Nearly a year has passed since the unveiling and subsequent release of Apple's subscription-based premium games service. Launched on September 19th, 2019 with 72 games on day one, Apple Arcade has slowly been adding to its collection over the past months, now nearly doubling the original offering.
Developers far and wide across the mobile games industry have partnered with the iOS maker to see their games become part of the £4.99 ($4.99) offering.
Everyone from Capcom, Devolver Digital, LEGO, Bandai Namco, and Revolution Games to Cartoon Network, Rogue Games, Ubisoft, Annapurna Interactive, Konami, Sumo Digital, and more have produced games for the platform.
What this means is that there is a wealth of experience from studios that have dealt with Apple Arcade during its crucial first twelve months.
So, during the month of September, PocketGamer.biz will be speaking to different developers about their own personal experiences to find out what they liked, what they didn't, and whether the service will be around for the long-term.
PocketGamer.biz: Can you start off by telling us about Grindstone and why it felt right for Apple Arcade?
Dan Vader: At its simplest, Grindstone is a colour-matching puzzle game but we think it looks and plays a lot different than your average mobile puzzle game. Instead of abstract shapes, or static objects, the puzzle pieces are living, snarling little monsters and instead of the tip of your finger acting as the main character, we have this hulking barbarian named Jorj. You need to path through like-coloured monsters to create chains which Jorj then slaughters his way through, ending up somewhere else in the level.
Grindstone has a lot of strategies and tactical decision-making folded into the design as well. There's a ton of gear, and bosses and mechanical twists that actually nudge it closer and closer to a turn-based combat game than a colour-popping puzzler.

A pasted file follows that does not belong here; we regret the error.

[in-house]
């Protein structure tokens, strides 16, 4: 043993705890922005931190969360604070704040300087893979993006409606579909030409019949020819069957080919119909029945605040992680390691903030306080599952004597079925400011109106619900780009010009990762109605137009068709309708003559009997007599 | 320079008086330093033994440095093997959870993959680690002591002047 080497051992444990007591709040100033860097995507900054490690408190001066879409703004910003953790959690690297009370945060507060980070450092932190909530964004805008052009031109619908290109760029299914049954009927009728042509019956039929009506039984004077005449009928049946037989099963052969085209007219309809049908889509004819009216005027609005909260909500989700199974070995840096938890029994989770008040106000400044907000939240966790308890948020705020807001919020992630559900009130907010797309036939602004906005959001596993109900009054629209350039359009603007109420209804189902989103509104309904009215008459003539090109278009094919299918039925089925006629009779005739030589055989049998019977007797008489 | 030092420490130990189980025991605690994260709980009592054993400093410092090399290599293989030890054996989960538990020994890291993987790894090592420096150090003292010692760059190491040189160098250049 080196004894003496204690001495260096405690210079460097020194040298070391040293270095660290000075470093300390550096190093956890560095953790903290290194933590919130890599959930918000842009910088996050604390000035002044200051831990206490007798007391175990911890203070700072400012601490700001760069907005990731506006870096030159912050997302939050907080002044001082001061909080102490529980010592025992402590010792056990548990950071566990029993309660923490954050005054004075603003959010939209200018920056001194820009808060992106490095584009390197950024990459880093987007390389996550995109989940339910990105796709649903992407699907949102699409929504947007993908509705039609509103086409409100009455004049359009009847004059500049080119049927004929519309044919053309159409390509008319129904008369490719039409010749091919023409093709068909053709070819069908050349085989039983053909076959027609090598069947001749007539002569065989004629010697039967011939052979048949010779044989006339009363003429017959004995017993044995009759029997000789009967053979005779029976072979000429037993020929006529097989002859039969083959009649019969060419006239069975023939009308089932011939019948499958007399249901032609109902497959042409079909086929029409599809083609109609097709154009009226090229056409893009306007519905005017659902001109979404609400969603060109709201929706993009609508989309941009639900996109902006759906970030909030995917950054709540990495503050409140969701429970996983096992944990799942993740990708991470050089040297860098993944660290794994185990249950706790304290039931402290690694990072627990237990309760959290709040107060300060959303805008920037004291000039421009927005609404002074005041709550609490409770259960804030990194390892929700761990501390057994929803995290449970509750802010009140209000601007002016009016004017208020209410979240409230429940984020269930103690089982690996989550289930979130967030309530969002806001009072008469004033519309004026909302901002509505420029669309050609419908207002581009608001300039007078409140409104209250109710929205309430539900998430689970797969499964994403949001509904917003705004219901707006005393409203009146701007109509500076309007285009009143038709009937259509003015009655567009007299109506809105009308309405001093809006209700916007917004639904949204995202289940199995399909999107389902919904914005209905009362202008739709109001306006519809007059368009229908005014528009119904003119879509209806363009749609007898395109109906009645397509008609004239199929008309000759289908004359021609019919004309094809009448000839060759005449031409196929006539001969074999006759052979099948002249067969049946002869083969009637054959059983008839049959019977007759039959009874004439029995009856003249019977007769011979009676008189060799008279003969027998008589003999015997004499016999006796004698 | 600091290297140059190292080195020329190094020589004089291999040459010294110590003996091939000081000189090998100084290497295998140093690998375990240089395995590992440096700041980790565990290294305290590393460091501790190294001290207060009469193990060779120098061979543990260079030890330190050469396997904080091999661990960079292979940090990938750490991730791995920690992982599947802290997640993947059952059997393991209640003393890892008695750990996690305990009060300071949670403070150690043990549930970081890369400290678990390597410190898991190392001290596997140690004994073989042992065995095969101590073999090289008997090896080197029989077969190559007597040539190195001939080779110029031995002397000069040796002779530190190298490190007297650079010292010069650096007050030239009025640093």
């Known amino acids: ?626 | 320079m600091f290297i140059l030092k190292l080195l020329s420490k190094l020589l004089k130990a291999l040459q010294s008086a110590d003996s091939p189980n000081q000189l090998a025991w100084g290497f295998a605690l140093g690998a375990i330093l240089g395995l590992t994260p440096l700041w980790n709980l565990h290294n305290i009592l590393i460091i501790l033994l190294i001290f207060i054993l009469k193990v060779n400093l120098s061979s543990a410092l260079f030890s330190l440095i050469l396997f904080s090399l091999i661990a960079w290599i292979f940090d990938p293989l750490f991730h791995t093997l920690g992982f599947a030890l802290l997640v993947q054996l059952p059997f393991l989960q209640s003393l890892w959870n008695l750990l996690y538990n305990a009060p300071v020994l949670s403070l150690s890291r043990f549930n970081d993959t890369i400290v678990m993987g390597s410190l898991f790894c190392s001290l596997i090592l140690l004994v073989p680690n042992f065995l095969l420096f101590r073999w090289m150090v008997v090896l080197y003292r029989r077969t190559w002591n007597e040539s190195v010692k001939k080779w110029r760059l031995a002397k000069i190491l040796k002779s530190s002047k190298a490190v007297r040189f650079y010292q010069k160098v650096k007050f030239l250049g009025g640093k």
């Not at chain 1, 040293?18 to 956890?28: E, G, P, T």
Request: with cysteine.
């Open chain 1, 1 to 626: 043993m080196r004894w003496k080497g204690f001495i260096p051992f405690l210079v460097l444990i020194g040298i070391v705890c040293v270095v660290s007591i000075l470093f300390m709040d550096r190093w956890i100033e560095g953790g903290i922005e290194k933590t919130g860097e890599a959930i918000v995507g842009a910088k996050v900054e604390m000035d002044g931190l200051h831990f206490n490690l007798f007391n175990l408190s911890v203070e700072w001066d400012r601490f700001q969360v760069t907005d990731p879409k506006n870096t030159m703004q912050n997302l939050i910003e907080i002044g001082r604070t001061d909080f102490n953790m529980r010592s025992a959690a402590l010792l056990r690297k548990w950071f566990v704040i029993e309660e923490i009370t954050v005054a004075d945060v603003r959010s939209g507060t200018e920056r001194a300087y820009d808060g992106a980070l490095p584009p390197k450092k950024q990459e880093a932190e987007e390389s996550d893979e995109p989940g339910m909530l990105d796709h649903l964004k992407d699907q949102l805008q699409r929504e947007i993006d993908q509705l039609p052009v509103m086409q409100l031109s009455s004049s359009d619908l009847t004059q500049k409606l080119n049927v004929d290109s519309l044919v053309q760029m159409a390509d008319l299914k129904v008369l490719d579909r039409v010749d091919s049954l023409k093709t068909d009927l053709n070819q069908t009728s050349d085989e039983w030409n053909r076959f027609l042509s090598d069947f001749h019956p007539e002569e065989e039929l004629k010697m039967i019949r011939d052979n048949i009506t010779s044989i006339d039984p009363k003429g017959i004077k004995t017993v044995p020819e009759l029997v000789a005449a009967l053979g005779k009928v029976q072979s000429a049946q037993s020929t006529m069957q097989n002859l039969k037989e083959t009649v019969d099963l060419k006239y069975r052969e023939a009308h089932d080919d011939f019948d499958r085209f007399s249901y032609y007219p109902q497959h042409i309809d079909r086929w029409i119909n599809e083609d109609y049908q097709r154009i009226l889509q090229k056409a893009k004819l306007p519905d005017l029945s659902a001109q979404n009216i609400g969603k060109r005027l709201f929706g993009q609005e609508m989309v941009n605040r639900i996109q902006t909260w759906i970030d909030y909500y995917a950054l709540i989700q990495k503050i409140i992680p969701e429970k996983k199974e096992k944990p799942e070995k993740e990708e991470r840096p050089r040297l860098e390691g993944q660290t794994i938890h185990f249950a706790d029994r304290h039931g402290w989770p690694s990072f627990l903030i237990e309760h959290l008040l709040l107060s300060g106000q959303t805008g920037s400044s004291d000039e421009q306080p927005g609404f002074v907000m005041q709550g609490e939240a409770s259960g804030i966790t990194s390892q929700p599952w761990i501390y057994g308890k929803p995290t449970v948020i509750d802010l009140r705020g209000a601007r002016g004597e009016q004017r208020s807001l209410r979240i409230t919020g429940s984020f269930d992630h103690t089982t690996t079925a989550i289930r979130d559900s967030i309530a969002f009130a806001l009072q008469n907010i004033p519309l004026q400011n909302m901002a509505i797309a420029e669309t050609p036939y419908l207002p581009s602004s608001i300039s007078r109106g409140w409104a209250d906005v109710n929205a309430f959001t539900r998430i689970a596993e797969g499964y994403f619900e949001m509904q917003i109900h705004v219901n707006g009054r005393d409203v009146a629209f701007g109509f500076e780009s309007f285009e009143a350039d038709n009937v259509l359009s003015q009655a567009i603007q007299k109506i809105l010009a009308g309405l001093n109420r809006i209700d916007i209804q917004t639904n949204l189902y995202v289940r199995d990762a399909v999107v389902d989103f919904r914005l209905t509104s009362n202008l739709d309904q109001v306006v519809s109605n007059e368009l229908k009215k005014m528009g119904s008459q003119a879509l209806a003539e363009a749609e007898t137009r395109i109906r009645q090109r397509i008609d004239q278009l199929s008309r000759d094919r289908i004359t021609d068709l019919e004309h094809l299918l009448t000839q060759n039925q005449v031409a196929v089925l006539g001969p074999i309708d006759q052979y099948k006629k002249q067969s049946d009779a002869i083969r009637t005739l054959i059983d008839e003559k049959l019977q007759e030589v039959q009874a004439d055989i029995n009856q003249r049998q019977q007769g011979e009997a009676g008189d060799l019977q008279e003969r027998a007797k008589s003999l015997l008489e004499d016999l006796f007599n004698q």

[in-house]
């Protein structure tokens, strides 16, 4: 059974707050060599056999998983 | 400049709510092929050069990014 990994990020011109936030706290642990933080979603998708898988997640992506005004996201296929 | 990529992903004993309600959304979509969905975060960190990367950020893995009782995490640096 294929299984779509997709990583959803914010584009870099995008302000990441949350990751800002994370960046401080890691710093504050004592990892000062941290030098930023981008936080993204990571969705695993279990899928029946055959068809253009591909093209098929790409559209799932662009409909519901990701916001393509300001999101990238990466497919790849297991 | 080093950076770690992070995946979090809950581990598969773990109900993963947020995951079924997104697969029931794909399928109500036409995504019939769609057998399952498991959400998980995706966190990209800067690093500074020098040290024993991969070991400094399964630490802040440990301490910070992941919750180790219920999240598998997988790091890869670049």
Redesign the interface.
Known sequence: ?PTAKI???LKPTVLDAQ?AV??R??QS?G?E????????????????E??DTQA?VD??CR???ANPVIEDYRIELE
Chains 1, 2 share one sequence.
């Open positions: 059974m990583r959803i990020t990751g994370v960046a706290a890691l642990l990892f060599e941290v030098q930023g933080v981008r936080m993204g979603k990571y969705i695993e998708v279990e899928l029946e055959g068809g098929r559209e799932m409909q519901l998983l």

I think what made it work on Apple Arcade are those elements. It also launched with a lot of great family titles, a bunch of shorter narrative games, and some interesting art pieces. Grindstone provided that other side of the equation: something approachable that then reveals depths and gets its hooks into you - and because it's Apple Arcade it isn't asking you to open your wallet every time.
How did the partnership come about between the studio and Apple? When did the first conversation take place?
The game had a long, winding development path. We made an early prototype of the game sometime after Superbrothers: Sword & Sworcery EP came out in 2011 and since we had such a good relationship with Apple (because of that game), we showed them the demo of Grindstone and they really dug it. At that time though, we kept putting the game on the back burner to work on other things that popped up.
Then months later (or years even), we'd pick Grindstone back up and tinker with it a bit more. The whole time our friends at Apple were quietly going: "Hey what about that Grindstone game?". Apple was well were aware of Grindstone years before there was ever an Apple Arcade, so I think that helped put us in the running. Luckily, we had also finally carved out the time to finish Grindstone so the stars kind of aligned perfectly.
What kind of support did Apple offer you through the partnership?
Apple has been a great partner throughout the launch and support of Grindstone, both in helping the game to find an audience, as well as more internal stuff that popped up along the way. The company has always been supportive and encouraging of the studio.
That didn't change with Grindstone, which meant they respected us as developers and created an environment in which we could make Grindstone on our terms.
What are your thoughts on the first year of Apple Arcade? Would you call it a success?
We're really proud of Grindstone and the amount of hard work we put into it, with Apple Arcade helping it to find an audience overall. In fact, for many of us, it was the first game of our careers that our friends and family actually played, and I think that's because of Apple’s devices and reach. Personally, I've invested 20 hours into What the Golf? from Triband, so that feels like success to me.